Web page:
The cost side of things is always the first thing you'll hear about TCC and at (I think) £4-5k a head is not suprising.
But given the cost of resources, even in this market, a good tool can save that amount of money in no time at all. And in my humble opinion Together does just that.
As for the WebGain take over, well the immediate response is a cynical stab at the marketeers and a bit of marketshare grabbing.
Consider this though. Roughly 6-9 months ago WebGain were talking about a complete reengineering of their IDE. a complete rewrite with the net result a slick, flexible IDE. they were talking about being on the brink of readiness then.
What have TCC been working on? the next generation IDE to replace TCC 6.0.
There is some common ground here. Have TCC run dry with funds on their rewrite? Can they see a better architecture in the new WebGain approach?
I have certainly never seen anything in WebGain that approaches anything that Together has to offer in terms of modelling and the current Together is particularly slick in terms of the developer interface.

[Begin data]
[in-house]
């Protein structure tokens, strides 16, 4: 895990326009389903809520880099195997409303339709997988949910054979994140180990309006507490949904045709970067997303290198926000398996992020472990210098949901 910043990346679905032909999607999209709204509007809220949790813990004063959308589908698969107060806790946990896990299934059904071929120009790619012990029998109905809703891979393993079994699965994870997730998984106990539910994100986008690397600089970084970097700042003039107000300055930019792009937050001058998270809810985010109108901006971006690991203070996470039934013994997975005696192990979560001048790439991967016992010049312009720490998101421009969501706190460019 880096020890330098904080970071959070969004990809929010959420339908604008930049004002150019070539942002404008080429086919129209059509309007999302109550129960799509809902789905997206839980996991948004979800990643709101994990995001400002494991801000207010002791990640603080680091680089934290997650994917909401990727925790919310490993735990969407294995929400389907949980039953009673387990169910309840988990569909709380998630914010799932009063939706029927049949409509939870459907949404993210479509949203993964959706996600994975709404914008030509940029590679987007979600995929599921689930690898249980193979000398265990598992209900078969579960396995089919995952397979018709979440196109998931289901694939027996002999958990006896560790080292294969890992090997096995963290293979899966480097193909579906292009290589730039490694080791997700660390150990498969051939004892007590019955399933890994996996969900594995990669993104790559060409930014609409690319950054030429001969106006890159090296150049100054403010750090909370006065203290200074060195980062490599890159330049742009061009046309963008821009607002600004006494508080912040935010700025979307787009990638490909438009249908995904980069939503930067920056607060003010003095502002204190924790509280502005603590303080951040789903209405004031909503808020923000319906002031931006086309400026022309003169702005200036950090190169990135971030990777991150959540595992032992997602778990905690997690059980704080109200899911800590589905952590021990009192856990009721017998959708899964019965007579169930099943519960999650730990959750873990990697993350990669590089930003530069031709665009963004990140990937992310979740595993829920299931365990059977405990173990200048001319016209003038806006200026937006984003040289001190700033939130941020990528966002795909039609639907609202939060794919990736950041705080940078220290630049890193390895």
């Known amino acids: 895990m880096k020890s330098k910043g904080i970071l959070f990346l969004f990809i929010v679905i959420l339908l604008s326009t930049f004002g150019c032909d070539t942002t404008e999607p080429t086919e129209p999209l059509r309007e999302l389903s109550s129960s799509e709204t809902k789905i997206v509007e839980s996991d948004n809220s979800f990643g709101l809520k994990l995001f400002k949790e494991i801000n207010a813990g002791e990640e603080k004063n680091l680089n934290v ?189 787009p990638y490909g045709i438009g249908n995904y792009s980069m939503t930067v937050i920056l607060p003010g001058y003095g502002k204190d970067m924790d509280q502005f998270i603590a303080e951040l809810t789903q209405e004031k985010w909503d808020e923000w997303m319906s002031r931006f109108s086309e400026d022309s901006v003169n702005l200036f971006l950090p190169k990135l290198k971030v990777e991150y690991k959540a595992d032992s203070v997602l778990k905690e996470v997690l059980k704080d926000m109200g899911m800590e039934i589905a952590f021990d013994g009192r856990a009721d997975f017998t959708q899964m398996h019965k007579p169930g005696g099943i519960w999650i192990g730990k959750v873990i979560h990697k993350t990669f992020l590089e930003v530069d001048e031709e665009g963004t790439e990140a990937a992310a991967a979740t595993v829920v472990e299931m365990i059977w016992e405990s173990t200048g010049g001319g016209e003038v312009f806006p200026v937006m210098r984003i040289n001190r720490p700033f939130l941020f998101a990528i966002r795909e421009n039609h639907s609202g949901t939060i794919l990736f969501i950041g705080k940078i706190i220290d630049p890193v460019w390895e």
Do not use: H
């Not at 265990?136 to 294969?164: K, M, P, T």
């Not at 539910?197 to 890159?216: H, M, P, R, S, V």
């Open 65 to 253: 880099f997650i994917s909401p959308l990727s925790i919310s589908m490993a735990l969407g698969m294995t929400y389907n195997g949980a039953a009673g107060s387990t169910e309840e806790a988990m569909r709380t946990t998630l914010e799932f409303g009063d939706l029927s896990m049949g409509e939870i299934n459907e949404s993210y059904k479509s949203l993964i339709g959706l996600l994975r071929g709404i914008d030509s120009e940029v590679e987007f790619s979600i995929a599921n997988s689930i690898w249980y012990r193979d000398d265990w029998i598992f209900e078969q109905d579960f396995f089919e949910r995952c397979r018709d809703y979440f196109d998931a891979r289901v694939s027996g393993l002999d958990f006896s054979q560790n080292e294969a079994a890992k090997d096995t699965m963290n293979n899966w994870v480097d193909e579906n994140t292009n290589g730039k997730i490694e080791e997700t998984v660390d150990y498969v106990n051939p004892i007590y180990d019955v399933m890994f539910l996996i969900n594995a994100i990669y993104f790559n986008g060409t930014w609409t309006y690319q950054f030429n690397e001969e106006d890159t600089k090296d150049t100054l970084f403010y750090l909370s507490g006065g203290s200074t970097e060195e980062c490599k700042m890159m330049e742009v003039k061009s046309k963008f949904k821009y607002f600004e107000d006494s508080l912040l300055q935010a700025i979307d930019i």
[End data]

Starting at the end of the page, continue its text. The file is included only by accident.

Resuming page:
Also, TCC supports .net already and a concern has always been that they were always going to to be stretched trying to support both .net and J2EE and this has been prevalent with the delay in delivering versions of their IDE to keep up to speed with the changing J2EE world.
If it is marketing, would the WebGain people really be interested. From what I recall you get the full WebGain suite including WLS for about £2-2.5k, this is a lot less than Together so I can't see how they will force a market such as this to cough up twice as much money for an IDE.
There has to be more to this.
And one other thing,
The idiots at together think that as a consultant I am going to be biting their hand off at the opportunity to pay 25% off for TCC.
I really do like the tool, but as a consultant who will be in a position to recommend tools to clients, Together need to wake up and smell the roses. I can't recommend it unless I get to use it and I aint going to pay for it. My clients who I'd recommend it to might though.
Don't they realise that by providing free licenses to the very people that feed their business is only going to benefit them?
The trial period for a developer licesne for TCC is 14 days! Please - what do they expect you to learn about a tool in 10 working days?
Now where's that notepad....
We are currently using TCC6.0 actively and I seen not a single day when no one hated TCC (we have 100+ devs). The TCC IDE really sucks big time. So many configs inside - so you gotta be a configMaster to master a simple tool. I guess TCC is not for you - you are for it. I would be better off with my TOAD, JEdit, etc tools.